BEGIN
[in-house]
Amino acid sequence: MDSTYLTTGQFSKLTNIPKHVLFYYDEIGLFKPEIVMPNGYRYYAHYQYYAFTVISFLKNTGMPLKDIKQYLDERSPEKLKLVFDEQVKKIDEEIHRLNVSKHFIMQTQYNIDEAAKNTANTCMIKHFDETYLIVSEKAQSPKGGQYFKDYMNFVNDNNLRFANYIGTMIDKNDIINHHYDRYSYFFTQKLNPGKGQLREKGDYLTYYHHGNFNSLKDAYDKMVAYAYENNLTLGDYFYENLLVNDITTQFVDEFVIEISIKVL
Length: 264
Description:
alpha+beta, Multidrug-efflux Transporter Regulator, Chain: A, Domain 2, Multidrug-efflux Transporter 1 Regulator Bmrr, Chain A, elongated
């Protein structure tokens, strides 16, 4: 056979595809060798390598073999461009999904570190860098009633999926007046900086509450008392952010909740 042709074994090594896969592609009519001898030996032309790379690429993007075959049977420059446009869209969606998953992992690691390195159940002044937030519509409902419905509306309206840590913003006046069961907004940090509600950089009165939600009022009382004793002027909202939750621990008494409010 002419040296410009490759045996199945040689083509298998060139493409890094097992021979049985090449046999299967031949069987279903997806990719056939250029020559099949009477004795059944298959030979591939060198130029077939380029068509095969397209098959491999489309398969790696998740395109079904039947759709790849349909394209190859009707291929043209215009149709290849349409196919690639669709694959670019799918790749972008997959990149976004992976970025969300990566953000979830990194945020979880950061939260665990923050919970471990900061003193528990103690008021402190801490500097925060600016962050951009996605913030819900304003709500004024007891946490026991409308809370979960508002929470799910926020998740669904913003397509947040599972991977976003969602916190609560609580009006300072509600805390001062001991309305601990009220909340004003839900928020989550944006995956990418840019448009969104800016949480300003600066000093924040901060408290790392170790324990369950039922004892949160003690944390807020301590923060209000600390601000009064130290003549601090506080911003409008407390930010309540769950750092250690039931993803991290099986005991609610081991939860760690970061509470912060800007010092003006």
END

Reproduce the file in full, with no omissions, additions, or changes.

[in-house]
Amino acid sequence: MDSTYLTTGQFSKLTNIPKHVLFYYDEIGLFKPEIVMPNGYRYYAHYQYYAFTVISFLKNTGMPLKDIKQYLDERSPEKLKLVFDEQVKKIDEEIHRLNVSKHFIMQTQYNIDEAAKNTANTCMIKHFDETYLIVSEKAQSPKGGQYFKDYMNFVNDNNLRFANYIGTMIDKNDIINHHYDRYSYFFTQKLNPGKGQLREKGDYLTYYHHGNFNSLKDAYDKMVAYAYENNLTLGDYFYENLLVNDITTQFVDEFVIEISIKVL
Length: 264
Description:
alpha+beta, Multidrug-efflux Transporter Regulator, Chain: A, Domain 2, Multidrug-efflux Transporter 1 Regulator Bmrr, Chain A, elongated
């Protein structure tokens, strides 16, 4: 056979595809060798390598073999461009999904570190860098009633999926007046900086509450008392952010909740 042709074994090594896969592609009519001898030996032309790379690429993007075959049977420059446009869209969606998953992992690691390195159940002044937030519509409902419905509306309206840590913003006046069961907004940090509600950089009165939600009022009382004793002027909202939750621990008494409010 002419040296410009490759045996199945040689083509298998060139493409890094097992021979049985090449046999299967031949069987279903997806990719056939250029020559099949009477004795059944298959030979591939060198130029077939380029068509095969397209098959491999489309398969790696998740395109079904039947759709790849349909394209190859009707291929043209215009149709290849349409196919690639669709694959670019799918790749972008997959990149976004992976970025969300990566953000979830990194945020979880950061939260665990923050919970471990900061003193528990103690008021402190801490500097925060600016962050951009996605913030819900304003709500004024007891946490026991409308809370979960508002929470799910926020998740669904913003397509947040599972991977976003969602916190609560609580009006300072509600805390001062001991309305601990009220909340004003839900928020989550944006995956990418840019448009969104800016949480300003600066000093924040901060408290790392170790324990369950039922004892949160003690944390807020301590923060209000600390601000009064130290003549601090506080911003409008407390930010309540769950750092250690039931993803991290099986005991609610081991939860760690970061509470912060800007010092003006």